Beowulf producer and co-write Roger Avary, just back from the film’s London premiere and international press junket, called to debate the ongoing Beowulf animation issue as I was editing the Paul Thomas Anderson interview earlier this afternoon.
(l. to r.) Gaim, Beowulf director Bob Zemeckis, Avary
I brought up the fact that basing animated human images upon live-action footage — a Beowulf speed-bump issue for some — is a technique that goes all the way back to Disney’s Snow White and the Seven Dwarfs. As I understand it, Disney animators used a primitive form of rotoscoping to make the body language and some of the features of Snow White, the evil queen and the handsome prince seem more life-like.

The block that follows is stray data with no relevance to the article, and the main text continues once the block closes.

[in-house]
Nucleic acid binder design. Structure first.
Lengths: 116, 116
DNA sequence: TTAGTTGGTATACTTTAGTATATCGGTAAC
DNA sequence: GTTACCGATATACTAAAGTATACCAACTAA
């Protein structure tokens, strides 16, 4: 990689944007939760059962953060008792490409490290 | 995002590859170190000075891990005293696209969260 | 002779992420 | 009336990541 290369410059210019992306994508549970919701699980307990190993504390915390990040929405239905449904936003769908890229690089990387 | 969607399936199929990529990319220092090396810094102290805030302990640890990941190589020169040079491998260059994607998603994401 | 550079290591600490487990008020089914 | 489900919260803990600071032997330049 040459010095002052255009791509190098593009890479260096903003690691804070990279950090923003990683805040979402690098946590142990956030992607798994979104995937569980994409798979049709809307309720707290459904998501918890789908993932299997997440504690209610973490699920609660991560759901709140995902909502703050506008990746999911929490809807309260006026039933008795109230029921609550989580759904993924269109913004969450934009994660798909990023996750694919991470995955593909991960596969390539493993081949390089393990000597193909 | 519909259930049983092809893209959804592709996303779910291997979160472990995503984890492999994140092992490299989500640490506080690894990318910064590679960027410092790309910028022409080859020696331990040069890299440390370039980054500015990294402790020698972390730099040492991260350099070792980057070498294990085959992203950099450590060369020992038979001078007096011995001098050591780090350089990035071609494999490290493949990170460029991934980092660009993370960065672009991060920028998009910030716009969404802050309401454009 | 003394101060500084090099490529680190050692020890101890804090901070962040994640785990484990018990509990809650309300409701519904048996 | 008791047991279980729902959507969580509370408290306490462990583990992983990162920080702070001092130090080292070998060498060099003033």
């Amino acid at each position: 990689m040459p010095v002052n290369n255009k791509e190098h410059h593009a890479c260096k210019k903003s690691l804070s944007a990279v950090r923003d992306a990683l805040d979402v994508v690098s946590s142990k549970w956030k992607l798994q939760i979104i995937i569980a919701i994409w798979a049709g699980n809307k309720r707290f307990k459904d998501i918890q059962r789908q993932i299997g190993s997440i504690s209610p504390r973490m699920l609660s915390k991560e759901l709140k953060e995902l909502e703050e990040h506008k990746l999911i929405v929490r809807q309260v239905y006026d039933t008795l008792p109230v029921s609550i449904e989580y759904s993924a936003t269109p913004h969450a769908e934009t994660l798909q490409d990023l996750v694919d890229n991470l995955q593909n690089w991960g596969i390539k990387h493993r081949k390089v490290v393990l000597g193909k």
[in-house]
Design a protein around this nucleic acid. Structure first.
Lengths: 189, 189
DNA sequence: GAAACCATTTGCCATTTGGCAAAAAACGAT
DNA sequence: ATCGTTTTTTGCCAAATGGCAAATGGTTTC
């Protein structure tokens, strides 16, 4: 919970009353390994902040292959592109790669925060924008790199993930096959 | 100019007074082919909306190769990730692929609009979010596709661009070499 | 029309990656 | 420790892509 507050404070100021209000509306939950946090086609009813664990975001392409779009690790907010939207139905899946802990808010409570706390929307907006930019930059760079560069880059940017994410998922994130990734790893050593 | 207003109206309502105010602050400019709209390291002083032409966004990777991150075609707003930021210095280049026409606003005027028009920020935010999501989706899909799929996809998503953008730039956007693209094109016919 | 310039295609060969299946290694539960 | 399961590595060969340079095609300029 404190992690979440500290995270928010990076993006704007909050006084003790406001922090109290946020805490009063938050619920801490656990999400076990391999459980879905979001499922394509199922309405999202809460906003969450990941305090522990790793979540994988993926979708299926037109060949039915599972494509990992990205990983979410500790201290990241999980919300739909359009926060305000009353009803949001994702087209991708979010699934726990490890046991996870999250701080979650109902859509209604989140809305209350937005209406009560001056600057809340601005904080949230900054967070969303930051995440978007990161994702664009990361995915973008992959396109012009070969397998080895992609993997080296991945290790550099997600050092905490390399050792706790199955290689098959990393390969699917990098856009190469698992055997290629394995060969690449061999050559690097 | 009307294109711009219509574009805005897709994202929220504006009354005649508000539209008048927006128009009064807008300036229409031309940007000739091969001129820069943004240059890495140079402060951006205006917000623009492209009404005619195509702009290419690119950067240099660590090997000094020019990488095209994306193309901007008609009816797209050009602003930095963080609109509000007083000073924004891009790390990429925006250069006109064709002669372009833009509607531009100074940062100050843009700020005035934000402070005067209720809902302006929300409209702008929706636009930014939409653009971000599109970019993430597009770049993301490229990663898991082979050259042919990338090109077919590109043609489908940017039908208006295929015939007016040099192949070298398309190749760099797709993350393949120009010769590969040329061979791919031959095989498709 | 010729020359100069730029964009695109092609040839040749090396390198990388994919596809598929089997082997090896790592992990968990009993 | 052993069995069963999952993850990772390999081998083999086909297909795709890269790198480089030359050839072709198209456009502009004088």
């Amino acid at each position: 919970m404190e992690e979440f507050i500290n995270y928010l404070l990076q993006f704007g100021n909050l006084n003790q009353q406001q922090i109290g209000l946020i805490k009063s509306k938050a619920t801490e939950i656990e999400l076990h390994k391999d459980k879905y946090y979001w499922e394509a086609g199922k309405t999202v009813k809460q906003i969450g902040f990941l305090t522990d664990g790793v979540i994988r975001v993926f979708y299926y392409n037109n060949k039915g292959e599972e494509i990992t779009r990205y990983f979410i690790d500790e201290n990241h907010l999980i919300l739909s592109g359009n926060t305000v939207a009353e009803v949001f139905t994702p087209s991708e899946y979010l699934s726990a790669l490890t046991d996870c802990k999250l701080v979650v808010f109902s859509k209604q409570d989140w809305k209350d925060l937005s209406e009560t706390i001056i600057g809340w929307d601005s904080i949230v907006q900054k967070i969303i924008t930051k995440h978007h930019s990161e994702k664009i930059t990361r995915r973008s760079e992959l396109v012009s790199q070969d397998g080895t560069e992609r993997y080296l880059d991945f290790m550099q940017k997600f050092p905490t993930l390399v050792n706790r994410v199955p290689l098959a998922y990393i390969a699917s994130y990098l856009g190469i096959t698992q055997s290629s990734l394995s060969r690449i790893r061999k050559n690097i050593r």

I said towards the end of our chat that a critic friend who hasn’t seen Beowulf confided he wasn’t looking forward to the 3D headache syndrome, which Beowulf‘s IMAX 3D process is absolutely free of. Avary agreed that previous 3D films (the 3D Spy Kids, for one) have definitely been a little rough in this respect. I suggested that the Beowulf newspapers ads should promise a relief from this in so many words — “No headaches!”